Meyers Drysdale also played at UCLA during her Hall of Fame career.

Meyers assumed the Bruins’ leadership role during the 1974-75 season after Bill Walton and Jamaal Wilkes had graduated. Playing with sophomores Marques Johnson and Richard Washington, Meyers earned consensus All-America honors. Meyers made the cover of Sports Illustrated after the Bruins won the NCAA title.

“One of the true warriors in (at)UCLAMBB history has gone on to glory,” Johnson wrote on Twitter. “Dave Meyers was our Captain in `75 and as tenacious a player ever. RIP.”

Johnson recalled in other tweets how Meyers called him `MJB’ or Marques Johnson Baby when he was a freshman, and later in the NBA, Meyers was nicknamed “Crash” because he always diving on the floor for loose balls.

As a junior, Meyers started on a front line featuring future Hall of Famers Walton and Wilkes.

Meyers was a reserve as a sophomore on the Bruins’ 1973 NCAA title team during the school’s run of 10 national titles in 12 years under Wooden. The team went 30-0 and capped the season by beating Memphis 87-66 in the championship game, when Meyers had four points and three rebounds.

In 1975, Meyers, along with Elmore Smith, Junior Bridgeman and Brian Winters, was traded to Milwaukee for Abdul-Jabbar and Walt Wesley.

During the 1977-78 season, Meyers was reunited with Johnson on the Bucks and averaged a career-best 14.7 points. He missed the next year with a back injury. Meyers returned in 1979-80 to average 12.1 points and 5.7 rebounds in helping the Bucks win a division title.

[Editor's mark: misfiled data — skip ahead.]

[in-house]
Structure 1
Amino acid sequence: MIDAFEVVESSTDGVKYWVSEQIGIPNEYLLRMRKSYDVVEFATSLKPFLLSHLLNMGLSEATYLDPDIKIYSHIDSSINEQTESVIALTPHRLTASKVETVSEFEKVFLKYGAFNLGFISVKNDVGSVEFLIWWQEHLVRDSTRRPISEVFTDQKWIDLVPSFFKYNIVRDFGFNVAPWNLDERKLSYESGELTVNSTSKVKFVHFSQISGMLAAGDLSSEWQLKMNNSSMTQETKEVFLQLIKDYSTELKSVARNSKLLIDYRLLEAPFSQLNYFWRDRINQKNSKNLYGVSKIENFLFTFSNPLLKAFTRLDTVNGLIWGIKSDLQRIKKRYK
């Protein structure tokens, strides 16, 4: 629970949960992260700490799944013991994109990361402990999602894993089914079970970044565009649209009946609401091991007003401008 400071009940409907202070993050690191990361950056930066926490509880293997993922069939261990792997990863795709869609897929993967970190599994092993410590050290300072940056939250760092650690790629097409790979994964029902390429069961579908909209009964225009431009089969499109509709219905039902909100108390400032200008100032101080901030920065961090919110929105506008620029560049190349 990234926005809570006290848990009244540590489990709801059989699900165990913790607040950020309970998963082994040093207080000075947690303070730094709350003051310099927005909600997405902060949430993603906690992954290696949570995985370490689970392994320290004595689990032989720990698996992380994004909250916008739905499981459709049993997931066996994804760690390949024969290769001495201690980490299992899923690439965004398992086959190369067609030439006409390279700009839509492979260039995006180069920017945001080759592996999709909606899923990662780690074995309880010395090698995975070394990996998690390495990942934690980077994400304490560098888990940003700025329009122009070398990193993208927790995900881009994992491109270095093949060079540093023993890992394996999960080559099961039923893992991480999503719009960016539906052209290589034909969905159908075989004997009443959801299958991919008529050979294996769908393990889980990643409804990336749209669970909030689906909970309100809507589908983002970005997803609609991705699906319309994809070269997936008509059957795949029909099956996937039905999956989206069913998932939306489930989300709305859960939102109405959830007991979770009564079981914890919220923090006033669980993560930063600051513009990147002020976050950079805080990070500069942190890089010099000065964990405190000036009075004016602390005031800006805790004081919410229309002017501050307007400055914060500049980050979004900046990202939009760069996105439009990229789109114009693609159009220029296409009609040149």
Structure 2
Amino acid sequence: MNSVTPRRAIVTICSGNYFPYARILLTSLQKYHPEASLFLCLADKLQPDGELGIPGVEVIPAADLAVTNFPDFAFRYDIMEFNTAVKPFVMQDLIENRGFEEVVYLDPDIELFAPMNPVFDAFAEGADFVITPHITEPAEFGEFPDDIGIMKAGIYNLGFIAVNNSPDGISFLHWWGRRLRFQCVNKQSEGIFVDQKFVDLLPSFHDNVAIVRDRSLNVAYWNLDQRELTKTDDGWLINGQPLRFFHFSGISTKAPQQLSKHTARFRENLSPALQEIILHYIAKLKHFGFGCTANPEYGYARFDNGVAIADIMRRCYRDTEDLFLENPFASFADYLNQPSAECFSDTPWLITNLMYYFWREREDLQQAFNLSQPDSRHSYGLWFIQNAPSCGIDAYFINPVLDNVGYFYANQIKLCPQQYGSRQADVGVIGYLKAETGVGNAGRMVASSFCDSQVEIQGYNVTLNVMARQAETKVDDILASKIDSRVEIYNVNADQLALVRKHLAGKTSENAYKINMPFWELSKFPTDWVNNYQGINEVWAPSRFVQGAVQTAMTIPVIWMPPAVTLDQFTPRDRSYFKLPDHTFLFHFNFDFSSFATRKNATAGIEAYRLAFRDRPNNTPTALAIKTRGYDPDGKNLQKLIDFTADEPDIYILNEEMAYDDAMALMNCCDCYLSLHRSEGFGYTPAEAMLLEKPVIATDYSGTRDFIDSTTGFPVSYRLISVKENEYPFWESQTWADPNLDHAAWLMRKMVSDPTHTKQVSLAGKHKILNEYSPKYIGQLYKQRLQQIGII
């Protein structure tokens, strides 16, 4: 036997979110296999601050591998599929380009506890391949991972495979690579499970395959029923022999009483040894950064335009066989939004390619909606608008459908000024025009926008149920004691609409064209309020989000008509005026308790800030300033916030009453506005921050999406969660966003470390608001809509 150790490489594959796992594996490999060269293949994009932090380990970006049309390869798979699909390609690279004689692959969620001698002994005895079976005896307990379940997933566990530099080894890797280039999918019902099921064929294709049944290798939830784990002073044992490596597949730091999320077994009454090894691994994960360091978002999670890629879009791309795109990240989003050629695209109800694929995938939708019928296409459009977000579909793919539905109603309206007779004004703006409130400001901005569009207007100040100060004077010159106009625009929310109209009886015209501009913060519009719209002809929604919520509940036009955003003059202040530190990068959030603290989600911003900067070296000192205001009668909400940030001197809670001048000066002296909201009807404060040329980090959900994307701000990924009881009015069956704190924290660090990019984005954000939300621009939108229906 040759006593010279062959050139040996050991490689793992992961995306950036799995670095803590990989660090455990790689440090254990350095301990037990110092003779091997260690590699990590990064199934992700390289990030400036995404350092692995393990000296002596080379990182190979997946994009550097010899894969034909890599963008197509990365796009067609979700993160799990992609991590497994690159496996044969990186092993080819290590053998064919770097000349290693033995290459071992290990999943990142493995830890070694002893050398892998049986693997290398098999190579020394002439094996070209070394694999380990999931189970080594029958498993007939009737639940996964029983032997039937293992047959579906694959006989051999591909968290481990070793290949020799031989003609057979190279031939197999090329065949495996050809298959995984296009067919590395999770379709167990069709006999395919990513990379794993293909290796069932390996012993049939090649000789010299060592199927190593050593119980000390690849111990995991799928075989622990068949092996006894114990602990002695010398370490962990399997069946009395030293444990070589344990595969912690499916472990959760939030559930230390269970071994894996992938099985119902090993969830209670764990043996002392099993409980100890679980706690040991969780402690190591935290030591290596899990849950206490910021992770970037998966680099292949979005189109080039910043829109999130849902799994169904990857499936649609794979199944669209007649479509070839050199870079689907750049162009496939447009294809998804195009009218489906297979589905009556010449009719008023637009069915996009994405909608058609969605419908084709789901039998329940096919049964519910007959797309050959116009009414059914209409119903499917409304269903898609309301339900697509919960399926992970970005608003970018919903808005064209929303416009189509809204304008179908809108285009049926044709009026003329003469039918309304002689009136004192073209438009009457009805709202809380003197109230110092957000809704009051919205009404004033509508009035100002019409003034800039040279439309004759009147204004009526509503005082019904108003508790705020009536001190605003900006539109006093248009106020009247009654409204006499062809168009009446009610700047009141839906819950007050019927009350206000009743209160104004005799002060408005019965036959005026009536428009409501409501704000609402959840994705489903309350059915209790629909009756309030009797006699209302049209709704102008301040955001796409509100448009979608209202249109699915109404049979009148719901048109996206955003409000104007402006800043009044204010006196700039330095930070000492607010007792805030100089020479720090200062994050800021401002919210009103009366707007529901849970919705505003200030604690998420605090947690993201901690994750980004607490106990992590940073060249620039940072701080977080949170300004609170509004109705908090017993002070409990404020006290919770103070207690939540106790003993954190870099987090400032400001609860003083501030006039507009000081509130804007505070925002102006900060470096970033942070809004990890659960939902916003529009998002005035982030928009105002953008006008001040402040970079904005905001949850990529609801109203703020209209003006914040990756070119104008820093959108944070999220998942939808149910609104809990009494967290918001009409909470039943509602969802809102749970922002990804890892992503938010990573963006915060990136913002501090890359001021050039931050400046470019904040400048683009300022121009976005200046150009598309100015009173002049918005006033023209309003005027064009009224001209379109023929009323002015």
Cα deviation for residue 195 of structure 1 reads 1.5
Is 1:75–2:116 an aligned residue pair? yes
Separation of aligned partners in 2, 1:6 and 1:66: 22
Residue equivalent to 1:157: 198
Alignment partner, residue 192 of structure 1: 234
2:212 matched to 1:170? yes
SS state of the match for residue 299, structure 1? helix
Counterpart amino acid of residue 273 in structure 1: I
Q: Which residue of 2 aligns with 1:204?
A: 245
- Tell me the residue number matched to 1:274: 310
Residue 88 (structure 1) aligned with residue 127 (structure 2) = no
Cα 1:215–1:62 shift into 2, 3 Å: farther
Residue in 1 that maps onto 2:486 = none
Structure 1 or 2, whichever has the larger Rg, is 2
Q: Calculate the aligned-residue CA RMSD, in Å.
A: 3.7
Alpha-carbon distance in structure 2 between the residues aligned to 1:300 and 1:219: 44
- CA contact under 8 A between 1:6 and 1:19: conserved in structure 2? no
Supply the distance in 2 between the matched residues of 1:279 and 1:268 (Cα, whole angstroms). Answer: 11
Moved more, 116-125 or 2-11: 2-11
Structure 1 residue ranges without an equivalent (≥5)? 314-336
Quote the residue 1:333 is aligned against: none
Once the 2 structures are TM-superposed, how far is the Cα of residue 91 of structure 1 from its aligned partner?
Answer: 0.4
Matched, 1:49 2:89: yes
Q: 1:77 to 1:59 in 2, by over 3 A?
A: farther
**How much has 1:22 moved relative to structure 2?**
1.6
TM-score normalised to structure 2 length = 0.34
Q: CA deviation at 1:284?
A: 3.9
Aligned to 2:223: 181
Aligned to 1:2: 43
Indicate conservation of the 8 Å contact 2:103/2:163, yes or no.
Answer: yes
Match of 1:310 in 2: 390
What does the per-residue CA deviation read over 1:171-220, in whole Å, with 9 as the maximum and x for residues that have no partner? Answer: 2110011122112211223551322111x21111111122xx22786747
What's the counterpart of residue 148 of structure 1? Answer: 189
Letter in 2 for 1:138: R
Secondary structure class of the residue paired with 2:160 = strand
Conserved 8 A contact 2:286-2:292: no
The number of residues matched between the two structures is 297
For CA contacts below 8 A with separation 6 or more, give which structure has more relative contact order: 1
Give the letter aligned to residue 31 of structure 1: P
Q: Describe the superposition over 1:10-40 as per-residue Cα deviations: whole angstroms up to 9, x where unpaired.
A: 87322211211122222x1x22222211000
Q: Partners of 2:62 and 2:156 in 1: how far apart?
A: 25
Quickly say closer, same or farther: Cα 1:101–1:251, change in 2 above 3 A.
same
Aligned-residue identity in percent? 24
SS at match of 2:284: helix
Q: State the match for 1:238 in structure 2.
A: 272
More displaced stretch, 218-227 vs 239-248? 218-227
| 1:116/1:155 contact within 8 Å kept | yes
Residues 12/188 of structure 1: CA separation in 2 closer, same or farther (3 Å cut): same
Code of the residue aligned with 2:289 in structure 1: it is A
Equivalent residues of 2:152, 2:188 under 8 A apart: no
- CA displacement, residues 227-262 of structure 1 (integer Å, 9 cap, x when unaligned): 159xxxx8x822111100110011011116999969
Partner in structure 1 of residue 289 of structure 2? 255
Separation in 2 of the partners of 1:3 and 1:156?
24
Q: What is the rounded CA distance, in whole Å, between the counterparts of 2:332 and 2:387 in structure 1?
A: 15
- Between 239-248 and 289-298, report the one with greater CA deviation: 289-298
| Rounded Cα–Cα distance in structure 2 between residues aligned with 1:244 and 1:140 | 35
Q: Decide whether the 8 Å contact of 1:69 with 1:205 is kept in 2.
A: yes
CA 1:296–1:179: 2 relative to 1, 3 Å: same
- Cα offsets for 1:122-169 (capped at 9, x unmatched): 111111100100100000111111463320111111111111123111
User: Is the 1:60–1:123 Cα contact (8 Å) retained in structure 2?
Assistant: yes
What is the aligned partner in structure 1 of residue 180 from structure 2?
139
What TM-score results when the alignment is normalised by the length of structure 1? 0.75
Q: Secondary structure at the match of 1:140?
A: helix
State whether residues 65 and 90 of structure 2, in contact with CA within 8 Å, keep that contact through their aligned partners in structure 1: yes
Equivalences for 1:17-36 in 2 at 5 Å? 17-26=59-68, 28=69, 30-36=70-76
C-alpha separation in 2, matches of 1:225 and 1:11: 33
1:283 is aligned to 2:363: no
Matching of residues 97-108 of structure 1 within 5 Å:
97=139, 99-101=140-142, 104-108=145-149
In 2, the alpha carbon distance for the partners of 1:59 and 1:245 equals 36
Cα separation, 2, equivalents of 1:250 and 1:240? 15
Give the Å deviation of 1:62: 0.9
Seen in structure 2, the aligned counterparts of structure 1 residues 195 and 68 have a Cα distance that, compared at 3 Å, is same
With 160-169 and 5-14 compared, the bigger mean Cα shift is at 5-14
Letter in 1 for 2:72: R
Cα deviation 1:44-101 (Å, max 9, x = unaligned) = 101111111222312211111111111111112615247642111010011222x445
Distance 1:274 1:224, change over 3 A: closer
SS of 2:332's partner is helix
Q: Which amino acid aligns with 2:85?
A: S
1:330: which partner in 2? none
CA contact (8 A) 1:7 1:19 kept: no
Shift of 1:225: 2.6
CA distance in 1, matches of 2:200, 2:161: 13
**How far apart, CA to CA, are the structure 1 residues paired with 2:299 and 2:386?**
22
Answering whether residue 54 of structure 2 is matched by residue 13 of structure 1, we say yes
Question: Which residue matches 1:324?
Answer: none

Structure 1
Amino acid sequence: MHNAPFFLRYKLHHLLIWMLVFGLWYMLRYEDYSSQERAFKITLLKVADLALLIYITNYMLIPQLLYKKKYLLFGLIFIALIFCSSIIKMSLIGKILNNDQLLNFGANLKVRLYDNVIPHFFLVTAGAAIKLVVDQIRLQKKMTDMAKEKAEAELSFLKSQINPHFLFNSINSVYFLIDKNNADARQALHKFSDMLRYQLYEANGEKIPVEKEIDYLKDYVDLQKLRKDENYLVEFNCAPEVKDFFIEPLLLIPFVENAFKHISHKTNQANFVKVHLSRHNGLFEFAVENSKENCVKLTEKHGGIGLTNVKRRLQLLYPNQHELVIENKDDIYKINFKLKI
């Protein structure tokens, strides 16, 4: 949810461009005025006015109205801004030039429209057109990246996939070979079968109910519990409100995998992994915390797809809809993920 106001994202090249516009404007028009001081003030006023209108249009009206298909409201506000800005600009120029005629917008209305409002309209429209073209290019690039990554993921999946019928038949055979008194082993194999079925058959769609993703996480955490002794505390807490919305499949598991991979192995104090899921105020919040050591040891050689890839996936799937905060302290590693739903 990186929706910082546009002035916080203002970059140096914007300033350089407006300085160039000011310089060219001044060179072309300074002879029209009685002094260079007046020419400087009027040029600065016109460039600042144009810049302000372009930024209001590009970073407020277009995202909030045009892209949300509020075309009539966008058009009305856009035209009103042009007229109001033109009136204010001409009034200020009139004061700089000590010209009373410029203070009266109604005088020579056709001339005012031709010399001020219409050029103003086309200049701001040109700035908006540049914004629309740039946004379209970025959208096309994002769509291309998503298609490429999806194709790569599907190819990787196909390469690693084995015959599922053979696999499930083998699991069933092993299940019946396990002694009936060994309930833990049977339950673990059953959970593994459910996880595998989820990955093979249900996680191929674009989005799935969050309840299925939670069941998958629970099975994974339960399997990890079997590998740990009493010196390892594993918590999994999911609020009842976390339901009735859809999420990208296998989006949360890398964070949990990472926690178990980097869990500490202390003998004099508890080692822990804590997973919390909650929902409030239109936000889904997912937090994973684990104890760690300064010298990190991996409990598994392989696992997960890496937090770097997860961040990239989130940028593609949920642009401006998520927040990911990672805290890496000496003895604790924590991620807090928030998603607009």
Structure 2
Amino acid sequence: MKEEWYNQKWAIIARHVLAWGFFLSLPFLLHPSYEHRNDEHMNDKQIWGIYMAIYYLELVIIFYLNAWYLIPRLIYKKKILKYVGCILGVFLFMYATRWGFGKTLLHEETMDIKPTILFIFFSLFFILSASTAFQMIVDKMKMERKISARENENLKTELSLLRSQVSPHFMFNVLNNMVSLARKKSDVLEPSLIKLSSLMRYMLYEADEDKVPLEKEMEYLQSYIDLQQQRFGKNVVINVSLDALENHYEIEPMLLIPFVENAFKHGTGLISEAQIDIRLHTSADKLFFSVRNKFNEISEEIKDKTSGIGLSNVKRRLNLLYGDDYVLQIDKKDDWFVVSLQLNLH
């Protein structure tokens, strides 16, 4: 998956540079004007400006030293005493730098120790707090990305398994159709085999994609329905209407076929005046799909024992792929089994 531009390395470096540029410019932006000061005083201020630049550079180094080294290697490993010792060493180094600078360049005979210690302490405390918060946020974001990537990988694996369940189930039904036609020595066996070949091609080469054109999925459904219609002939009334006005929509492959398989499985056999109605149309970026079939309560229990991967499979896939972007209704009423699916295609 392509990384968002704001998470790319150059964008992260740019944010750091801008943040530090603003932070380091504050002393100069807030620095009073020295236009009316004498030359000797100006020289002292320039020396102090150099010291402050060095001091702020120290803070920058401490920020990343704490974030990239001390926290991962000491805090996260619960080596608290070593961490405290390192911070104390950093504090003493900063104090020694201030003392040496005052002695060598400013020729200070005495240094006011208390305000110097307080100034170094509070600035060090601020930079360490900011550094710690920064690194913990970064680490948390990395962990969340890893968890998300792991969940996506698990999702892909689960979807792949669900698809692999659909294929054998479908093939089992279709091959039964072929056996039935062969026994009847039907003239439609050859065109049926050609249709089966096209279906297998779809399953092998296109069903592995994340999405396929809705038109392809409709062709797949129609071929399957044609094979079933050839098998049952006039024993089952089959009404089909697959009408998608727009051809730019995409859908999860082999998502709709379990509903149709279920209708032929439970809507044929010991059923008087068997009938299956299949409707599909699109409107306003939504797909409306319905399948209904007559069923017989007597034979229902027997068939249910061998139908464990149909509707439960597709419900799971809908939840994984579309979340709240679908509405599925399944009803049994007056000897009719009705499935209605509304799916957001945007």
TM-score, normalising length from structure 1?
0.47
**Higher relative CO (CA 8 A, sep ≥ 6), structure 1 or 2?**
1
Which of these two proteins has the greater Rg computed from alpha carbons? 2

Born David William Meyers, he was one of 11 children. His father, Bob, was a standout basketball player and team captain at Marquette in the 1940s. The younger Meyers averaged 22.7 points as a senior at Sonora High in La Habra, California.

Meyers made a surprise announcement in 1980 that he was retiring from basketball to spend more time with his family. He later earned his teaching certificate and taught sixth grade for several years in Lake Elsinore, California.

He is survived by his wife, Linda, whom he married in 1975, and daughter Crystal and son Sean.

Pelicans signing center Jerome Jordan

Marc Gasol, Jerome Jordan
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Through the first two weeks of training camp, the Pelicans have seen their frontcourt depth decimated by injuries to Alexis Ajinca and Omer Asik, both of whom are out for a few weeks. A deal with Greg Smith fell through after he failed a physical. Now, Yahoo’s Marc Spears reports that they’re signing former Knicks and Nets center Jerome Jordan as a short-term solution:

Jordan has only played 65 games in his career and hasn’t been spectacular, but the Pelicans need a body while their two centers are out. Anthony Davis will spend some time at center, but considering the contracts Asik and Ajinca got this summer, Alvin Gentry clearly plans on playing him at power forward as well, and they need a center to at least fill time before Asik and Ajinca get back.